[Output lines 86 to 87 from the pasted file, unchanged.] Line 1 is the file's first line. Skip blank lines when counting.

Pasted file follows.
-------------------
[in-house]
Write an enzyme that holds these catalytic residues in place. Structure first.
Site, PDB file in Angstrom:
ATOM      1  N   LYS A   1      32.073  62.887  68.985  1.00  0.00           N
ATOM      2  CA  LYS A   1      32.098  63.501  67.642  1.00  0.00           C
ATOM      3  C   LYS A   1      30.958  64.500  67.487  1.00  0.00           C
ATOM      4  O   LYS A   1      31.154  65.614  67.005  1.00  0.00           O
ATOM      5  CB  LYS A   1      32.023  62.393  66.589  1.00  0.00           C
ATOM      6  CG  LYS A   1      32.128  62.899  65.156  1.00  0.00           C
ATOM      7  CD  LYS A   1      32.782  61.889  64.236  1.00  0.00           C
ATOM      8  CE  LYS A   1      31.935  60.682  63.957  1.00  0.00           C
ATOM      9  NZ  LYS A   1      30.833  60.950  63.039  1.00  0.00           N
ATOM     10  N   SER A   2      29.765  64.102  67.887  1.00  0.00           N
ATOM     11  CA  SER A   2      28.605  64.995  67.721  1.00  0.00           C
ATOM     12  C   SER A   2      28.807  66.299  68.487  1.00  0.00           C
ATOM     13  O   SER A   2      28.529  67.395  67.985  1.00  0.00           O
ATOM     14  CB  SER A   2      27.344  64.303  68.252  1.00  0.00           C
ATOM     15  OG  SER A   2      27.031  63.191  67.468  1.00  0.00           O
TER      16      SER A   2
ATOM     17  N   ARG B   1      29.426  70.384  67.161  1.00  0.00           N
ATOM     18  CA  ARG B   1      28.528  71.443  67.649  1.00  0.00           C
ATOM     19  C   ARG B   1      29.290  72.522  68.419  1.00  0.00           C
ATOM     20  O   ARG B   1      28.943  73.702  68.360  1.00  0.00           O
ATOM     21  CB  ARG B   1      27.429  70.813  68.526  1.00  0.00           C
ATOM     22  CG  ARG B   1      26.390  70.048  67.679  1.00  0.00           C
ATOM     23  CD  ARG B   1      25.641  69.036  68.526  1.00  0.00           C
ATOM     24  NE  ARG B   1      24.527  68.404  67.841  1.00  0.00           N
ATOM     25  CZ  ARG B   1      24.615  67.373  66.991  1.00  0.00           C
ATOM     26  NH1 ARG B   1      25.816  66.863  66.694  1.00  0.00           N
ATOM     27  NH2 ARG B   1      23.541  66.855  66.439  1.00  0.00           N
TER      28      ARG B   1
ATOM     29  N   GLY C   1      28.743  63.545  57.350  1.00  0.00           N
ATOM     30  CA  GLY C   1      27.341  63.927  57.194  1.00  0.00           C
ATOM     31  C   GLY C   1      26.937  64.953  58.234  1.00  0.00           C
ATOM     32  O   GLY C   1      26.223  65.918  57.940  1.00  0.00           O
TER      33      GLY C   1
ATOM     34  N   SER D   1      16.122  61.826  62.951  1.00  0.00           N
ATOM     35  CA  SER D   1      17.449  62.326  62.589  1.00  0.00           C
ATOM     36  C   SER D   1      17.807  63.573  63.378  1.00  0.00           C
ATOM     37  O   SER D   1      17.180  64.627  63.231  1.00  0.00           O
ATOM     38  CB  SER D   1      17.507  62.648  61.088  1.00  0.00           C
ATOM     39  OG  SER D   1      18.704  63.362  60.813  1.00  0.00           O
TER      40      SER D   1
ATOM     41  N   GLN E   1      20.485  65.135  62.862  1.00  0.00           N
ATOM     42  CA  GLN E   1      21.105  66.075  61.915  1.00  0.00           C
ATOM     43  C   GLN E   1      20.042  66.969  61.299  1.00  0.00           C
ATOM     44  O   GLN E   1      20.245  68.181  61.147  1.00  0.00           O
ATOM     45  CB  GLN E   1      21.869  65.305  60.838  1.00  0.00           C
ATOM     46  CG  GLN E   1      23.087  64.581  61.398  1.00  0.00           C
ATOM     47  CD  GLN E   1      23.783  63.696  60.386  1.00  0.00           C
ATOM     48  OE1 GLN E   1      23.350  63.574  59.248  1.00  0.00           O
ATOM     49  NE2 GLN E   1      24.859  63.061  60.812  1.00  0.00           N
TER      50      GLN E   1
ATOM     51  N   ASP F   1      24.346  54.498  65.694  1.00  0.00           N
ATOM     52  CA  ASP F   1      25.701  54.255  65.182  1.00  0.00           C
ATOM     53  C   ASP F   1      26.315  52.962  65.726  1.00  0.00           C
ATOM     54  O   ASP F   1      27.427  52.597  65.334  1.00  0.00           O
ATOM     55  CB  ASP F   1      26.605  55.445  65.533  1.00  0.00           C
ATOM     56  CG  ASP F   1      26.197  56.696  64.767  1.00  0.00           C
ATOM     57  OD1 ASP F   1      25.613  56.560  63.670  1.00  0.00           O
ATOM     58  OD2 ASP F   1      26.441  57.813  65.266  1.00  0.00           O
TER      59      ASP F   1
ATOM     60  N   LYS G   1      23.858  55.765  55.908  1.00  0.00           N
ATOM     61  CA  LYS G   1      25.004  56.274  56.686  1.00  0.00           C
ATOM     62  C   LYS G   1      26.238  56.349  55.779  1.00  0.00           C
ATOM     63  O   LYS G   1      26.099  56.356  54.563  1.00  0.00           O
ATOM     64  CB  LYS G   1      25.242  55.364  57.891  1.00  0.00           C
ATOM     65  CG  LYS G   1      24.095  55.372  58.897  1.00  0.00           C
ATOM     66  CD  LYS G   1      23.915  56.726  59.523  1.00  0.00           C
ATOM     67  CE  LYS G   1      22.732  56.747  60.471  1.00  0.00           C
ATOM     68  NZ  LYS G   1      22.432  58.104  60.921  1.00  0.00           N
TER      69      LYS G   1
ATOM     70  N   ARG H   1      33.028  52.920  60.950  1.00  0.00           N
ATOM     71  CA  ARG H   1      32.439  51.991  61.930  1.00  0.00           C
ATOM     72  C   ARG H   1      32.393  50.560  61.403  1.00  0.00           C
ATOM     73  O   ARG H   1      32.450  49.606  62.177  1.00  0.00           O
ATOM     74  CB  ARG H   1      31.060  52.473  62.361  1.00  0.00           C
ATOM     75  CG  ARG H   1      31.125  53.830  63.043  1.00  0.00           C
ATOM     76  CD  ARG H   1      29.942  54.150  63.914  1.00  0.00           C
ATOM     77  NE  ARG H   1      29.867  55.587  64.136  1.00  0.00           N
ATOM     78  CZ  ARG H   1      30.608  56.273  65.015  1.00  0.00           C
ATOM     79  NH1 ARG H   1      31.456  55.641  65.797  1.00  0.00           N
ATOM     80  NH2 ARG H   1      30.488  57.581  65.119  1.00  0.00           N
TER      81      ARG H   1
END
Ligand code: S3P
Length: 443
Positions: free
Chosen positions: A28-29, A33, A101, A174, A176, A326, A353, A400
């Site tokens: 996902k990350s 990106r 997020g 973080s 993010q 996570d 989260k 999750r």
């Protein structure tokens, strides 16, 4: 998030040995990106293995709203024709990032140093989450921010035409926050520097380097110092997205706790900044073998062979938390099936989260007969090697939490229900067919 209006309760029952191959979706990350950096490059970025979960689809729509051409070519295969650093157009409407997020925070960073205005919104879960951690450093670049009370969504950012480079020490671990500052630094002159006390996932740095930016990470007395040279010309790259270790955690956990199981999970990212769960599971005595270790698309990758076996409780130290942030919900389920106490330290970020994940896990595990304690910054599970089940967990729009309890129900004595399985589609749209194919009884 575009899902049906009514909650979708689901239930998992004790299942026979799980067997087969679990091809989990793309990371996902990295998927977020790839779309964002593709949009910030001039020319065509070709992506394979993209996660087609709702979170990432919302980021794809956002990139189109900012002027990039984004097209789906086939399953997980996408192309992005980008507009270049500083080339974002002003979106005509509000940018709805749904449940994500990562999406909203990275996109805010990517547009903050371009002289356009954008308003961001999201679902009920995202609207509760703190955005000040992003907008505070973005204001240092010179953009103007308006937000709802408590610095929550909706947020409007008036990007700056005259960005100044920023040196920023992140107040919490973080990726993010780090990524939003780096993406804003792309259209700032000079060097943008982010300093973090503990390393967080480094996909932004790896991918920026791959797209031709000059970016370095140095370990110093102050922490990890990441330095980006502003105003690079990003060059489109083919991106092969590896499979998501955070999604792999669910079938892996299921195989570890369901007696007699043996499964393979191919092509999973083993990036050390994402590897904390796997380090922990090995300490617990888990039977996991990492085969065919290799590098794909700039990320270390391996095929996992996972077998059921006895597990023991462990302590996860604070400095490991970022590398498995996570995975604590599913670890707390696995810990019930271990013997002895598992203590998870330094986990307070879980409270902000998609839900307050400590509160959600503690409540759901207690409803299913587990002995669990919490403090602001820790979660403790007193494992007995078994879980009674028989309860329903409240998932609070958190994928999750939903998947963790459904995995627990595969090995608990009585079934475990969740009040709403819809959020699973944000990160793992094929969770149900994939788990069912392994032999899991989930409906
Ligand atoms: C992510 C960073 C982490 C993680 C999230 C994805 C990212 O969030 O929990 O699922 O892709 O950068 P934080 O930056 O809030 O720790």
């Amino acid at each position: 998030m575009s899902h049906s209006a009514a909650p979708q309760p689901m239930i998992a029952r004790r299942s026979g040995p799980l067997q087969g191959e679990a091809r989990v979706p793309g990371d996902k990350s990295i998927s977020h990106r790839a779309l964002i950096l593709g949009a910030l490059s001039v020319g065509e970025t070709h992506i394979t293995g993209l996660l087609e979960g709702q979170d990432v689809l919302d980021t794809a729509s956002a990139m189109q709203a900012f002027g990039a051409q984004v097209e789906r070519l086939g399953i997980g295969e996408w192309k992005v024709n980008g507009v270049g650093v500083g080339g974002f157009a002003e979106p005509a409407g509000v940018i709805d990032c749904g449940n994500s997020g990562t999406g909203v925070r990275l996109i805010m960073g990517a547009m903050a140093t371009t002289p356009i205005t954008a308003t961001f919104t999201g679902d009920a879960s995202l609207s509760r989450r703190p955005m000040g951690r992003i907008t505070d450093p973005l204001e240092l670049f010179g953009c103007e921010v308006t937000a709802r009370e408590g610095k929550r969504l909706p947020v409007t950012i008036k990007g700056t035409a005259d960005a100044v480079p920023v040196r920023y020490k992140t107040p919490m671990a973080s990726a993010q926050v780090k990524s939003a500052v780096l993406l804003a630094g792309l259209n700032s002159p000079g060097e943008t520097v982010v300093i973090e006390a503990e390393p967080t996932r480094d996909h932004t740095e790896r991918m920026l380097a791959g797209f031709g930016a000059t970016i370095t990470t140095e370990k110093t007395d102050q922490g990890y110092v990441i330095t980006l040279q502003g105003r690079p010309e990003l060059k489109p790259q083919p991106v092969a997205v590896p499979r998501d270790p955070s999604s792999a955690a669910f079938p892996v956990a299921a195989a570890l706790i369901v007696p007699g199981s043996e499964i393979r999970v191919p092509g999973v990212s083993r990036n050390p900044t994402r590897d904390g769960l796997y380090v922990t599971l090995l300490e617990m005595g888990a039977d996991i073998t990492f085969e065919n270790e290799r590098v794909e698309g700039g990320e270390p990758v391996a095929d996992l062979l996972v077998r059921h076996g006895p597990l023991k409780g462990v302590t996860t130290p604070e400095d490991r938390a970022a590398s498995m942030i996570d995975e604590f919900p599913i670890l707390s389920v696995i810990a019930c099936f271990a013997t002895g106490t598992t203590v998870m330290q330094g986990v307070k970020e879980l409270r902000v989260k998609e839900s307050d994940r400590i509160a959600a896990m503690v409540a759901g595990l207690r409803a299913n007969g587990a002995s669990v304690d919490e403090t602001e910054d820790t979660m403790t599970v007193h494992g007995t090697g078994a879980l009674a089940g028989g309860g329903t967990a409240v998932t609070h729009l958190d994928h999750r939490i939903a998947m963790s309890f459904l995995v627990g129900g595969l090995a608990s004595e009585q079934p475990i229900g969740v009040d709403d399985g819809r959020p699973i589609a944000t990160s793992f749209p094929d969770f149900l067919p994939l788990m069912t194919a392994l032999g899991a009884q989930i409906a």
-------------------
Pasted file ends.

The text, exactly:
Ligand code: S3P
Length: 443